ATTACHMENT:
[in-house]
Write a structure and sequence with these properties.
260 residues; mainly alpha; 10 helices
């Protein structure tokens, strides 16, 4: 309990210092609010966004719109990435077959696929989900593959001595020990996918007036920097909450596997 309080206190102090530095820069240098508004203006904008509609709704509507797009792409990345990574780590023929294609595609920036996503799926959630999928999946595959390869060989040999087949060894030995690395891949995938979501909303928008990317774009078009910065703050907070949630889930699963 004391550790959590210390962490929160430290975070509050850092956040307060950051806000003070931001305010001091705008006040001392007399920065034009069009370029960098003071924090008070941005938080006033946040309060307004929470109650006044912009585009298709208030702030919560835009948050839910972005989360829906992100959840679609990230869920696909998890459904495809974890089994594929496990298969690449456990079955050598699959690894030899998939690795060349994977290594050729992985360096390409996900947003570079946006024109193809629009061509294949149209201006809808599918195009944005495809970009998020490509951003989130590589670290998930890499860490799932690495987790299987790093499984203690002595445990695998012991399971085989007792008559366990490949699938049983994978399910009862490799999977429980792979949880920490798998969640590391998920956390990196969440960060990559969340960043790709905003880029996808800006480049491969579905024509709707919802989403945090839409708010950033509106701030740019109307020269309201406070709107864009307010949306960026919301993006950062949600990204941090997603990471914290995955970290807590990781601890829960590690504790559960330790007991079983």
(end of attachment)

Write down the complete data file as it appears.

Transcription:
[in-house]
Write a structure and sequence with these properties.
260 residues; mainly alpha; 10 helices
């Protein structure tokens, strides 16, 4: 309990210092609010966004719109990435077959696929989900593959001595020990996918007036920097909450596997 309080206190102090530095820069240098508004203006904008509609709704509507797009792409990345990574780590023929294609595609920036996503799926959630999928999946595959390869060989040999087949060894030995690395891949995938979501909303928008990317774009078009910065703050907070949630889930699963 004391550790959590210390962490929160430290975070509050850092956040307060950051806000003070931001305010001091705008006040001392007399920065034009069009370029960098003071924090008070941005938080006033946040309060307004929470109650006044912009585009298709208030702030919560835009948050839910972005989360829906992100959840679609990230869920696909998890459904495809974890089994594929496990298969690449456990079955050598699959690894030899998939690795060349994977290594050729992985360096390409996900947003570079946006024109193809629009061509294949149209201006809808599918195009944005495809970009998020490509951003989130590589670290998930890499860490799932690495987790299987790093499984203690002595445990695998012991399971085989007792008559366990490949699938049983994978399910009862490799999977429980792979949880920490798998969640590391998920956390990196969440960060990559969340960043790709905003880029996808800006480049491969579905024509709707919802989403945090839409708010950033509106701030740019109307020269309201406070709107864009307010949306960026919301993006950062949600990204941090997603990471914290995955970290807590990781601890829960590690504790559960330790007991079983």